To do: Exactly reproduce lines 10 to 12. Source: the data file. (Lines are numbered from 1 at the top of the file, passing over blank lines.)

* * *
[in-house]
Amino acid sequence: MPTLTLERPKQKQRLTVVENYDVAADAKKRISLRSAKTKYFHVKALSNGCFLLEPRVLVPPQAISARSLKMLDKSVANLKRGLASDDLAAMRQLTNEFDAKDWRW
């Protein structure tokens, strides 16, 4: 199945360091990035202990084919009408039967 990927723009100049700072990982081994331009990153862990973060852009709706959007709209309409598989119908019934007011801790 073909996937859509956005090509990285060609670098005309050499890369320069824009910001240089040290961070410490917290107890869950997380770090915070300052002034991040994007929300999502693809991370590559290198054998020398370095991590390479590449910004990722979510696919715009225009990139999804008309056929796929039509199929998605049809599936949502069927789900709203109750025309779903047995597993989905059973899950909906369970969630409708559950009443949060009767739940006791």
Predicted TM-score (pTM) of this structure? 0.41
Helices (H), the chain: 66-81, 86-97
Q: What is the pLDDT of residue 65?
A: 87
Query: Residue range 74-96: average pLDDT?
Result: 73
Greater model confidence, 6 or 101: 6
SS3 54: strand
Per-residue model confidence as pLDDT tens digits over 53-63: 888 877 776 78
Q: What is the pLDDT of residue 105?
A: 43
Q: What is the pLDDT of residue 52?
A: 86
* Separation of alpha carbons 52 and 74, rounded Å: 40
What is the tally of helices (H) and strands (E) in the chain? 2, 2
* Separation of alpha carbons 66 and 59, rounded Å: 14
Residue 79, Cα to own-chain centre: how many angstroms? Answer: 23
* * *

Greater model confidence, 6 or 101: 6
SS3 54: strand
Per-residue model confidence as pLDDT tens digits over 53-63: 888 877 776 78